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Content provided by Jennifer Davis and Dan Schulz, Jennifer Davis, and Dan Schulz. All podcast content including episodes, graphics, and podcast descriptions are uploaded and provided directly by Jennifer Davis and Dan Schulz, Jennifer Davis, and Dan Schulz or their podcast platform partner. If you believe someone is using your copyrighted work without your permission, you can follow the process outlined here https://player.fm/legal.
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Banned Camp: Reading Banned Books Aloud - Comedy Against Censorship

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Manage series 3456837
Content provided by Jennifer Davis and Dan Schulz, Jennifer Davis, and Dan Schulz. All podcast content including episodes, graphics, and podcast descriptions are uploaded and provided directly by Jennifer Davis and Dan Schulz, Jennifer Davis, and Dan Schulz or their podcast platform partner. If you believe someone is using your copyrighted work without your permission, you can follow the process outlined here https://player.fm/legal.

Banned Camp is a comedy podcast where we read banned books and try to figure out why they were banned in the first place.
Each season, we pick a new banned book, read it chapter by chapter out loud, and then talk about what might have gotten that chapter banned.
In our sixth season, one thing that has stood out to us is that it seems like the people who want to ban books have never read them. Although we can find specific things here and there, nothing ever comes to the point where we would call it ban-worthy.
Overall, we think banning books is pretty stupid, but we continue our quest nonetheless.
Join the fun as we explore why some folks seem to be in such a rush to take us back to the dark ages, one banned book at a time.
We’ve covered books like "To Kill a Mockingbird" by Harper Lee, "Fahrenheit 451" by Ray Bradbury, "The Outsiders" by S.E. Hinton, "The Adventures of Huckleberry Finn" by Mark Twain, and "A Wrinkle in Time" by Madeleine L’Engle.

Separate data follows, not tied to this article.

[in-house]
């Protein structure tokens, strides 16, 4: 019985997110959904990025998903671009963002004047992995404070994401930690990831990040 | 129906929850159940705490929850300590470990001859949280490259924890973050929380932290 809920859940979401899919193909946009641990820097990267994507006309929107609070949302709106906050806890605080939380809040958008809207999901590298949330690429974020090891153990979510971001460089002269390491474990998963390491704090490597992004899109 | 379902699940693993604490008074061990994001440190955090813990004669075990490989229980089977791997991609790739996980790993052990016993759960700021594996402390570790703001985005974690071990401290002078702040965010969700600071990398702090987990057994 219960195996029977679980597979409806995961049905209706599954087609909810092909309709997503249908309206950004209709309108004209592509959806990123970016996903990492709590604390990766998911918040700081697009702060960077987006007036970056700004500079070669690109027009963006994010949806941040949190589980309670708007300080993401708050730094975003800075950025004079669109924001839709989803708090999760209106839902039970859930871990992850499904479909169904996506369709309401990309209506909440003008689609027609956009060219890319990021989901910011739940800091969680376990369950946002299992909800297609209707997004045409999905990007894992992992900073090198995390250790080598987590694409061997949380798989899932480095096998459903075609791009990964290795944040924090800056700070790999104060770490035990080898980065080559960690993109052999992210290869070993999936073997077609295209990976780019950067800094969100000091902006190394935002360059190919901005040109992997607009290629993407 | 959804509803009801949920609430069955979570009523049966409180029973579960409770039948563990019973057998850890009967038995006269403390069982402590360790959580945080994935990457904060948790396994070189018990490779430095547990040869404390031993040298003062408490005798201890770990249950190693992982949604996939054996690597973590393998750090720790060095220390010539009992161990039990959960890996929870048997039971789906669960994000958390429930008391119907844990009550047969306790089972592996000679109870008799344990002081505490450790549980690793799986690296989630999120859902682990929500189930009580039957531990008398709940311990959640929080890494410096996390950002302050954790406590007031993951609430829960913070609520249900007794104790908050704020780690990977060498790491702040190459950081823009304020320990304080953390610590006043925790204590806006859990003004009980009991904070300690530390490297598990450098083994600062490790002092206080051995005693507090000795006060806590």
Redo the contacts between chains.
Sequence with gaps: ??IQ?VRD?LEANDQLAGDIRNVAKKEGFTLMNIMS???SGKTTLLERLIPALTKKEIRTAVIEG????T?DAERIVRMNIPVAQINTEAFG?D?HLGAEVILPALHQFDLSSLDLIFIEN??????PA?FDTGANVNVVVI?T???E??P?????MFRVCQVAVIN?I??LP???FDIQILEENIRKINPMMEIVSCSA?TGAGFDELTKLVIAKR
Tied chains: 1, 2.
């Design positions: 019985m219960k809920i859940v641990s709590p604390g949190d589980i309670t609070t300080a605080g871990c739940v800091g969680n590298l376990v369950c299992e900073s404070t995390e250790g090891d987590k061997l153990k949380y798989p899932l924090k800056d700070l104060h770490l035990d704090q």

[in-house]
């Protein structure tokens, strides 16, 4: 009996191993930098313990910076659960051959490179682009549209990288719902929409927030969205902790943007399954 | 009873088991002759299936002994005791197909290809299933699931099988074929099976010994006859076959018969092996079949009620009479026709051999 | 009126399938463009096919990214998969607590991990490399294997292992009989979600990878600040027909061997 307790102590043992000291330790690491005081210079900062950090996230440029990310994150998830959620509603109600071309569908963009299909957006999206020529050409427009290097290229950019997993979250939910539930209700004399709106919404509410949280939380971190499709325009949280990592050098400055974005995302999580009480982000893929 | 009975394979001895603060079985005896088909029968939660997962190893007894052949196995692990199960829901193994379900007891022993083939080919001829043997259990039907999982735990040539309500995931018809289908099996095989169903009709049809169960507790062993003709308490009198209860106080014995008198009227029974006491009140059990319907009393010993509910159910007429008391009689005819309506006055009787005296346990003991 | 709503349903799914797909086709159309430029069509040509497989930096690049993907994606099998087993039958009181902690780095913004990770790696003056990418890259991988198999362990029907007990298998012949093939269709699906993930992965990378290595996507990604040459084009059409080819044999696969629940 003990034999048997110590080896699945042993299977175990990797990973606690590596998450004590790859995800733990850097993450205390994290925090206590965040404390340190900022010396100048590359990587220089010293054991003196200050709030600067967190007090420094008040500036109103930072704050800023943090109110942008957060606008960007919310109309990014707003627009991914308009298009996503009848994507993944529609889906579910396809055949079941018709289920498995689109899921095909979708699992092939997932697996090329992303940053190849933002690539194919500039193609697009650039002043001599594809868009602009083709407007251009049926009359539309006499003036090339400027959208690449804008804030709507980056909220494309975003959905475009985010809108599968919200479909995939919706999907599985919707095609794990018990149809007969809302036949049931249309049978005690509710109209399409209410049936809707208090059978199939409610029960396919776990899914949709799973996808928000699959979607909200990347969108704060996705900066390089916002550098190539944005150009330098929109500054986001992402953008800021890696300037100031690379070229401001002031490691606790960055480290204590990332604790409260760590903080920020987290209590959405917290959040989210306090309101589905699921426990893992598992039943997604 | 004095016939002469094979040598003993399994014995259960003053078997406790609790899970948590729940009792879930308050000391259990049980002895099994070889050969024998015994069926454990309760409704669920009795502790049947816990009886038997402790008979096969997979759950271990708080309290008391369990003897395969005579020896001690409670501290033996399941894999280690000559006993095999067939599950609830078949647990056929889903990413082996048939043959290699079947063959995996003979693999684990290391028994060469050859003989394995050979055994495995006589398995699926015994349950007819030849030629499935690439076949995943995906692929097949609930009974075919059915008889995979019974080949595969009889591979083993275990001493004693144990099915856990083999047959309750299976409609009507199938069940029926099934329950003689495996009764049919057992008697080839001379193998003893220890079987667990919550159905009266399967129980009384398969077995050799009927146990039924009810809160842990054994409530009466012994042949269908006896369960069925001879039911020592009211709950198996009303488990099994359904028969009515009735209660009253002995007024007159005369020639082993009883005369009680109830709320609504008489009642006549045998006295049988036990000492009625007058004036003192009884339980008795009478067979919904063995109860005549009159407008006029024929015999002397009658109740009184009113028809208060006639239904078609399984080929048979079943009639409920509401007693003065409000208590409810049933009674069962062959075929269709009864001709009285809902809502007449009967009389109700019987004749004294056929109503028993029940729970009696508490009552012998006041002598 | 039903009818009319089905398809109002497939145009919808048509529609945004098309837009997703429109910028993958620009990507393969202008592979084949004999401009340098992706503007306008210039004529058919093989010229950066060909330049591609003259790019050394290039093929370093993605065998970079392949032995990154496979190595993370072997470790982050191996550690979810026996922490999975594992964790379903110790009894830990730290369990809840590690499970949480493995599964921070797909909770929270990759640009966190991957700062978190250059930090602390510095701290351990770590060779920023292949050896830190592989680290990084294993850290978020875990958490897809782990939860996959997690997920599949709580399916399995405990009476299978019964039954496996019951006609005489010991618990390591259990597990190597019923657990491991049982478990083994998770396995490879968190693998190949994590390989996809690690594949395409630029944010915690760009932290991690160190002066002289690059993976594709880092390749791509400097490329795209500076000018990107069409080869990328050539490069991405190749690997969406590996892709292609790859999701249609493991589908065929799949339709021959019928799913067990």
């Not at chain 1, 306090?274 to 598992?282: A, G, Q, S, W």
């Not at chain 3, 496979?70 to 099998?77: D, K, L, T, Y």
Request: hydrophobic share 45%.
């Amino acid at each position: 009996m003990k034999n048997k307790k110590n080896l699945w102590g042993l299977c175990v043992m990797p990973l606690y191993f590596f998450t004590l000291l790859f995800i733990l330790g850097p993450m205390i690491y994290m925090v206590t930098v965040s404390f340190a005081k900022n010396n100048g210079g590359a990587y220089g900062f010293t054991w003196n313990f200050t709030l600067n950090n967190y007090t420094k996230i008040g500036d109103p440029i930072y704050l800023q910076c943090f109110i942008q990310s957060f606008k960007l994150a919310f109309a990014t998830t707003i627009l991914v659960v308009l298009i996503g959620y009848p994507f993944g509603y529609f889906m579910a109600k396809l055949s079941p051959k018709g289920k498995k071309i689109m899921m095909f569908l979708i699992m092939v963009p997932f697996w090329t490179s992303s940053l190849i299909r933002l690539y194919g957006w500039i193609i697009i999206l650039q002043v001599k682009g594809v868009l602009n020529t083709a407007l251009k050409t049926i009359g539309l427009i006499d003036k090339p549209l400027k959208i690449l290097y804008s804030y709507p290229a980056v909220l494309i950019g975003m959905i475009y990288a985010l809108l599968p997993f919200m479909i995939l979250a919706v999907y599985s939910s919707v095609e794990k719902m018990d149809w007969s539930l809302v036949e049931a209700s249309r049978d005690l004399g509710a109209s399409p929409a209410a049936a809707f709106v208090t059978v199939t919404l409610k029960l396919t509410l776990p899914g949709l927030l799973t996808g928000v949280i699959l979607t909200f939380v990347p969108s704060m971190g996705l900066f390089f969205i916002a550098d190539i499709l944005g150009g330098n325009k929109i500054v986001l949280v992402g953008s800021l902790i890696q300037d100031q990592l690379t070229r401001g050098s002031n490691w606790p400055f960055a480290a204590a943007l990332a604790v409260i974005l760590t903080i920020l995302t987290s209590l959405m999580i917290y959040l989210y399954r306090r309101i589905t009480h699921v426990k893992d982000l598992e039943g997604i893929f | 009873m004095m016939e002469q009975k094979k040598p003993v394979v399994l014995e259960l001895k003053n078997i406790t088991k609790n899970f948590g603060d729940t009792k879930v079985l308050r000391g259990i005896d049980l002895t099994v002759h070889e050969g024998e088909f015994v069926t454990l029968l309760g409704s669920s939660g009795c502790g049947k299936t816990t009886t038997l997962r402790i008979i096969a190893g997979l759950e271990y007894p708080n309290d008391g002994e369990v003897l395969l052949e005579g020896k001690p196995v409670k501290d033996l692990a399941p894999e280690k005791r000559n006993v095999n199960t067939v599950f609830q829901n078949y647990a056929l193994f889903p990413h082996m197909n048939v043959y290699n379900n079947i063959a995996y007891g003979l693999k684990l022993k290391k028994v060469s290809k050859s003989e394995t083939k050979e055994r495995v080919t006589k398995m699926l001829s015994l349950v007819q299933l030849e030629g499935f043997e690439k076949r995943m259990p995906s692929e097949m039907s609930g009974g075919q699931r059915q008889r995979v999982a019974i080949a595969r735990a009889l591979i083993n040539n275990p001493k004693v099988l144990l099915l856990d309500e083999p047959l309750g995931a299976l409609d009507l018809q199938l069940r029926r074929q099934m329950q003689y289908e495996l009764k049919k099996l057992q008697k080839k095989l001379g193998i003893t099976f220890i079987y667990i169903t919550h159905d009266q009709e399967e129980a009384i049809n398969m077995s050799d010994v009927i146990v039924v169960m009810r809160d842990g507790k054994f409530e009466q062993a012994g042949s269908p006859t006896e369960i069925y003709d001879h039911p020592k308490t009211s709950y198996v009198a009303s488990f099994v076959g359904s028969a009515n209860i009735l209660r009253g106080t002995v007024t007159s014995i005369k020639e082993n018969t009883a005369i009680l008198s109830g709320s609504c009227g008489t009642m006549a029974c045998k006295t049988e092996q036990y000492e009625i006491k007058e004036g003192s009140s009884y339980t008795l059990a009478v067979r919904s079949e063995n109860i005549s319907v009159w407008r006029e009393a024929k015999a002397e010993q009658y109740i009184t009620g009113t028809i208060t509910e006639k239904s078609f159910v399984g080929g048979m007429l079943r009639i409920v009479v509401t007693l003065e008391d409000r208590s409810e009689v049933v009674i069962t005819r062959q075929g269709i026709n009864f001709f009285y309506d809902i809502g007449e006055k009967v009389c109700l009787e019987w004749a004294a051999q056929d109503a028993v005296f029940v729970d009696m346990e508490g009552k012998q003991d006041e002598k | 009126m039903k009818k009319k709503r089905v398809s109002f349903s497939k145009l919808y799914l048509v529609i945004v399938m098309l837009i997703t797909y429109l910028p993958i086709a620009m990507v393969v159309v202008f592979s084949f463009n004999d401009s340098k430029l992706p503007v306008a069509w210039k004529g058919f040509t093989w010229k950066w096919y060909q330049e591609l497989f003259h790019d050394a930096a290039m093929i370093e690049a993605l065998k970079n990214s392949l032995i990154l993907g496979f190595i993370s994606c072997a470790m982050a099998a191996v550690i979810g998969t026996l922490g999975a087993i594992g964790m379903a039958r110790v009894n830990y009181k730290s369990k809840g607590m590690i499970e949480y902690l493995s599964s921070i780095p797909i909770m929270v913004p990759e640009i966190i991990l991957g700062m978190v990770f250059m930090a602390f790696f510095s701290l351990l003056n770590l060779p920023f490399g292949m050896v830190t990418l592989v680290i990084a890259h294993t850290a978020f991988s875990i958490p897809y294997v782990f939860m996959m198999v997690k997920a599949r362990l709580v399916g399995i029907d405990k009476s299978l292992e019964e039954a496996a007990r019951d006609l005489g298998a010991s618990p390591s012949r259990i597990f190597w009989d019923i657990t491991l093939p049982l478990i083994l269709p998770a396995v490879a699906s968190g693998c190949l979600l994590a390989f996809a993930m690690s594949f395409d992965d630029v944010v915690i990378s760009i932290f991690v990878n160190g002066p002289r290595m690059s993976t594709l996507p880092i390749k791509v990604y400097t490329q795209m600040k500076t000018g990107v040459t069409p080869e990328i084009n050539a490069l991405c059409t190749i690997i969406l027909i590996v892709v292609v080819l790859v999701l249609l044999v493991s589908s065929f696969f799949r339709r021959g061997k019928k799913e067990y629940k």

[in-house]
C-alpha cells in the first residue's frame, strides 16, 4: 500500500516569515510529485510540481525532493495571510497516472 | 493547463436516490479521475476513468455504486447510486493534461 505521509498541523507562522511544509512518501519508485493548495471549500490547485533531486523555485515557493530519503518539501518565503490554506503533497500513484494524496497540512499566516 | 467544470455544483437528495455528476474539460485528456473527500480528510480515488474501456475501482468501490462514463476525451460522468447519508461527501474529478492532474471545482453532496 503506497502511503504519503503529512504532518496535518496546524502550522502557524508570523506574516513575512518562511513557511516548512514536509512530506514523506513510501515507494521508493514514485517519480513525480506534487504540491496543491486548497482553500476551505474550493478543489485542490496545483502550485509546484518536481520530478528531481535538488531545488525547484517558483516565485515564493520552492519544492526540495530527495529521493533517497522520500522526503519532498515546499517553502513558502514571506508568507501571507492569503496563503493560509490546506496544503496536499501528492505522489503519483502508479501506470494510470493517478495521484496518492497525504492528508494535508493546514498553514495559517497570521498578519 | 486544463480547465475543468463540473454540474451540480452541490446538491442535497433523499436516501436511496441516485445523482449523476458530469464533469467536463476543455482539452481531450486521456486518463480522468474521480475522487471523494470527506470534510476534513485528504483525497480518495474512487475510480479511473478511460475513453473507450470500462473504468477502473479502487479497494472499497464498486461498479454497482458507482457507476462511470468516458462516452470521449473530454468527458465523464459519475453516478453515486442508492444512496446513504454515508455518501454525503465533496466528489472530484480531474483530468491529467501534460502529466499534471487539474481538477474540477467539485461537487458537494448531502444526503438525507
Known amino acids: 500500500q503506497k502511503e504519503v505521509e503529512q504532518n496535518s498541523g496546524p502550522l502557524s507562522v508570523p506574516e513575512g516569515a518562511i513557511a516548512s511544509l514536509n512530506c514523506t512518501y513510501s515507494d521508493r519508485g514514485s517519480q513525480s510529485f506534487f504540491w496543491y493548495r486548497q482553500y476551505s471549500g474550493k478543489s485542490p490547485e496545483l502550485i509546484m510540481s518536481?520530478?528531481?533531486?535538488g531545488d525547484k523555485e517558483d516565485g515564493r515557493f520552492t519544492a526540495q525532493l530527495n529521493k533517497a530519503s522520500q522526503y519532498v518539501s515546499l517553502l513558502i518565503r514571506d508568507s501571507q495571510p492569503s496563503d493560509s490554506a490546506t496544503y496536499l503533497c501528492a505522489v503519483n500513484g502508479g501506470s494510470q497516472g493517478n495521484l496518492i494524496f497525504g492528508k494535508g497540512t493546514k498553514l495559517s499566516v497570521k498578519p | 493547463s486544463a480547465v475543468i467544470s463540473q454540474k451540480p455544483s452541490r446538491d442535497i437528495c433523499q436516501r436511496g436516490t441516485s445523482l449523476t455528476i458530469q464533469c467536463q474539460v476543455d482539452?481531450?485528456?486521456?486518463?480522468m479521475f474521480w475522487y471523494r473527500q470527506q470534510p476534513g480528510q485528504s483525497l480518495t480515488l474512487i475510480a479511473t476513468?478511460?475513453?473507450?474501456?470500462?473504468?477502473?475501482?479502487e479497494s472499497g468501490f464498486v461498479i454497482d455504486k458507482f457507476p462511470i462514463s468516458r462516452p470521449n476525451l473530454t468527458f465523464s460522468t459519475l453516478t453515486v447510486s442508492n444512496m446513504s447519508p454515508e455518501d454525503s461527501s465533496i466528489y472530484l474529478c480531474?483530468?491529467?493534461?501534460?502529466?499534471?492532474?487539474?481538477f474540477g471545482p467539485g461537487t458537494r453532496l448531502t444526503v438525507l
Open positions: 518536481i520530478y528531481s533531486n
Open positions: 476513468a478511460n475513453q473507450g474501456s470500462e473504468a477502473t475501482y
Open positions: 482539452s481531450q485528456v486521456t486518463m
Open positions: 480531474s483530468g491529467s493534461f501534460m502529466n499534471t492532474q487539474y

This season, we're diving into “Aristotle and Dante Discover the Secrets of the Universe” by Benjamin Alire Sáenz.

By reading books like these, we can find answers to important questions like:
Why are banned books important?
What does "banned books" mean?
What does "challenged" books mean?
How does banning books affect students?
What is the most banned book?
How do book bans work?
Should book banning be allowed?
Are book bans constitutional?
Which books are banned in the US?
What is the most challenged book of all time?

  continue reading

122 episodes

Artwork
iconShare
 
Manage series 3456837
Content provided by Jennifer Davis and Dan Schulz, Jennifer Davis, and Dan Schulz. All podcast content including episodes, graphics, and podcast descriptions are uploaded and provided directly by Jennifer Davis and Dan Schulz, Jennifer Davis, and Dan Schulz or their podcast platform partner. If you believe someone is using your copyrighted work without your permission, you can follow the process outlined here https://player.fm/legal.

Banned Camp is a comedy podcast where we read banned books and try to figure out why they were banned in the first place.
Each season, we pick a new banned book, read it chapter by chapter out loud, and then talk about what might have gotten that chapter banned.
In our sixth season, one thing that has stood out to us is that it seems like the people who want to ban books have never read them. Although we can find specific things here and there, nothing ever comes to the point where we would call it ban-worthy.
Overall, we think banning books is pretty stupid, but we continue our quest nonetheless.
Join the fun as we explore why some folks seem to be in such a rush to take us back to the dark ages, one banned book at a time.
We’ve covered books like "To Kill a Mockingbird" by Harper Lee, "Fahrenheit 451" by Ray Bradbury, "The Outsiders" by S.E. Hinton, "The Adventures of Huckleberry Finn" by Mark Twain, and "A Wrinkle in Time" by Madeleine L’Engle.
This season, we're diving into “Aristotle and Dante Discover the Secrets of the Universe” by Benjamin Alire Sáenz.

By reading books like these, we can find answers to important questions like:
Why are banned books important?
What does "banned books" mean?
What does "challenged" books mean?
How does banning books affect students?
What is the most banned book?
How do book bans work?
Should book banning be allowed?
Are book bans constitutional?
Which books are banned in the US?
What is the most challenged book of all time?

  continue reading

122 episodes

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